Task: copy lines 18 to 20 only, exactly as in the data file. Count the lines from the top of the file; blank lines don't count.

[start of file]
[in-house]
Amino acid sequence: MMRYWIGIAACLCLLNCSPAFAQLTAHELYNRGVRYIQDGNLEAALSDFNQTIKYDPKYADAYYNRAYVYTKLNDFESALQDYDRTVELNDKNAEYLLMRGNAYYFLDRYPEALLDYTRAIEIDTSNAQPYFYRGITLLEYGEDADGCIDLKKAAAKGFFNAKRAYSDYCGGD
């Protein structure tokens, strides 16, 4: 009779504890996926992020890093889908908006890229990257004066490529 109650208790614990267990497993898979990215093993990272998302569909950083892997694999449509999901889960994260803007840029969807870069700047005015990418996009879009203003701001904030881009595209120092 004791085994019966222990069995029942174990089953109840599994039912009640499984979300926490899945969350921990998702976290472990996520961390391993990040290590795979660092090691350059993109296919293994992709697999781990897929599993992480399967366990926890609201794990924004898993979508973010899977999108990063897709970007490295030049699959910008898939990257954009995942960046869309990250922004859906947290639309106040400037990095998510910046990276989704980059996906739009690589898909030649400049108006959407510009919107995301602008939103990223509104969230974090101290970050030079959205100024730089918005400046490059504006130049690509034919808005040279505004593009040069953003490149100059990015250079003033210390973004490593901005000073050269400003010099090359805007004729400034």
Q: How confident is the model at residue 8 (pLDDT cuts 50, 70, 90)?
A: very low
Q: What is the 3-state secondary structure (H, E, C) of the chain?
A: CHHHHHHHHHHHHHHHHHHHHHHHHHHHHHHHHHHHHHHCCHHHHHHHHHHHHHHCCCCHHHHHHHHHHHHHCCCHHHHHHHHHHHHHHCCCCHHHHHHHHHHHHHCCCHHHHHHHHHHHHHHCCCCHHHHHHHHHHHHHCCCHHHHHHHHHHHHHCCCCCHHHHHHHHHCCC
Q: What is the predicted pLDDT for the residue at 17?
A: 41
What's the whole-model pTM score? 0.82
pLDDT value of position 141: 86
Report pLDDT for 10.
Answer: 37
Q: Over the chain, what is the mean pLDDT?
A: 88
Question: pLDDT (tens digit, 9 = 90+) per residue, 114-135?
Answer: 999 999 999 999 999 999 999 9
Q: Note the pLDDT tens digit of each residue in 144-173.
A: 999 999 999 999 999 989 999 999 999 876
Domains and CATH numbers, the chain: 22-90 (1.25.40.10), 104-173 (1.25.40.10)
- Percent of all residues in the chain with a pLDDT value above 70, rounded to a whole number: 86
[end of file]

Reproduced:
Q: Note the pLDDT tens digit of each residue in 144-173.
A: 999 999 999 999 999 989 999 999 999 876
Domains and CATH numbers, the chain: 22-90 (1.25.40.10), 104-173 (1.25.40.10)